Tree City USA
is a tree
planting and tree care program sponsored by The National Arbor Day Foundation
in the United States
- See also List of Tree Cities USA
To qualify for Tree City USA
, a town or city must meet four standards established by The National Arbor Day Foundation and the National Association of State Foresters.
- It must establish a Tree Board or Department run by a professional forester or arborist, an entire forestry department, or a volunteer tree board must be legally responsible for the care and management of the community's trees.
- It must pass a Tree Care Ordinance that designates the establishment of a tree board or forestry department and give this body the responsibility for writing and implementing an annual community forestry work plan. Beyond that, the ordinance should be flexible enough to fit the needs and circumstances of the particular community. A tree ordinance provides an opportunity to set good policy and back it with the force of law when necessary. Ideally, it will provide clear guidance for planting, maintaining and removing trees from streets, parks and other public places.
- It must establish a community forestry program with an annual budget of at least $2 per capita with evidence that the community has established a community forestry program that is supported by that annual budget.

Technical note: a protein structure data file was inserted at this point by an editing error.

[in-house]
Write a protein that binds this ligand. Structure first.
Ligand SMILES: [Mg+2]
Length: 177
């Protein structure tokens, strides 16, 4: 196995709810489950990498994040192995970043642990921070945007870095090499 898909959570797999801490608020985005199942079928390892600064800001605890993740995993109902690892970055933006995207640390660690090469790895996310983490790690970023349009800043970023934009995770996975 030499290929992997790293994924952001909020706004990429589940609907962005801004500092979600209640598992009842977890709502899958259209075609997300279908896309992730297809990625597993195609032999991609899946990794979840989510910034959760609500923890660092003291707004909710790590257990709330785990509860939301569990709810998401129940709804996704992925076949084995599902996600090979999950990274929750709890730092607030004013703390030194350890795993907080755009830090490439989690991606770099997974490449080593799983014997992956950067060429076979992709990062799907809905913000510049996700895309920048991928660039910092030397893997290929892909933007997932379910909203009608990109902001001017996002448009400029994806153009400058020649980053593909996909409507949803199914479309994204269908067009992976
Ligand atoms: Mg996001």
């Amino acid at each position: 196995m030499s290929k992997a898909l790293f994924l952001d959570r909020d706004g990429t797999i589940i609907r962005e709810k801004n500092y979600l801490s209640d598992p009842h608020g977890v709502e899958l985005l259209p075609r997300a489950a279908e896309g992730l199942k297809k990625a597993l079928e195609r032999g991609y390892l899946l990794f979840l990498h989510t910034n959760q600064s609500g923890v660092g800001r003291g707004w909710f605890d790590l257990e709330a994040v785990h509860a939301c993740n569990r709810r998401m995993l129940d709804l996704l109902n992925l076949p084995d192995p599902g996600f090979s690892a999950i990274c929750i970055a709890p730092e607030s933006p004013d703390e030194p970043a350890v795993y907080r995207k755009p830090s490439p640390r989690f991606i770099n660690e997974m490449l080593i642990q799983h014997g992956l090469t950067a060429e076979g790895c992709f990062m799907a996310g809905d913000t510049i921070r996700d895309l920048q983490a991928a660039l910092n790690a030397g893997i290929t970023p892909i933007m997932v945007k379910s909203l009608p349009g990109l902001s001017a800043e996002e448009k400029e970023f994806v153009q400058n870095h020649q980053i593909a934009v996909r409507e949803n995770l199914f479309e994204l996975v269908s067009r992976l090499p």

- It must organize an Arbor Day observance and proclamation with a simple tree planting event or an award ceremony that honors leading tree planters.
National Arbor Day Foundation states that a community's public image is enhanced by being a Tree City USA and that it makes the community a better place to live and helps attract and keep or conduct business
. Further, the Tree City USA signs at community entrances tell visitors that the city or town cares about its environment
. They state that it also is an indication to prospective businesses that the quality of life may be better because of trees. It has even been known to be a factor in where meetings or conferences have been held.
NADF states that that by gaining and retaining Tree City USA recognition, it rewards the tree workers, managers, volunteers, tree board members and others who work on behalf of better care of a community's trees. Non-involved citizens, too, often share a sense of pride that theirs is a Tree City USA. This may translate to better care of trees on private property
or a willingness to volunteer in the future.
NADF states preference is sometimes given to Tree City USA communities over other communities when allocations of grant money are made for trees or forestry programs. The reason is that there are invariably more requests than available funds when grants are available through state or federal agencies. If requests are equally worthy, some officials tend to have more confidence in communities that have demonstrated the foresight of becoming a Tree City USA.
NADF states that presentation of the Tree City USA award and the celebration of Arbor Day offer excellent publicity
opportunities and this results in satisfaction for the individuals involved and their families, but also provides one more way to reach large numbers of people with information about tree care.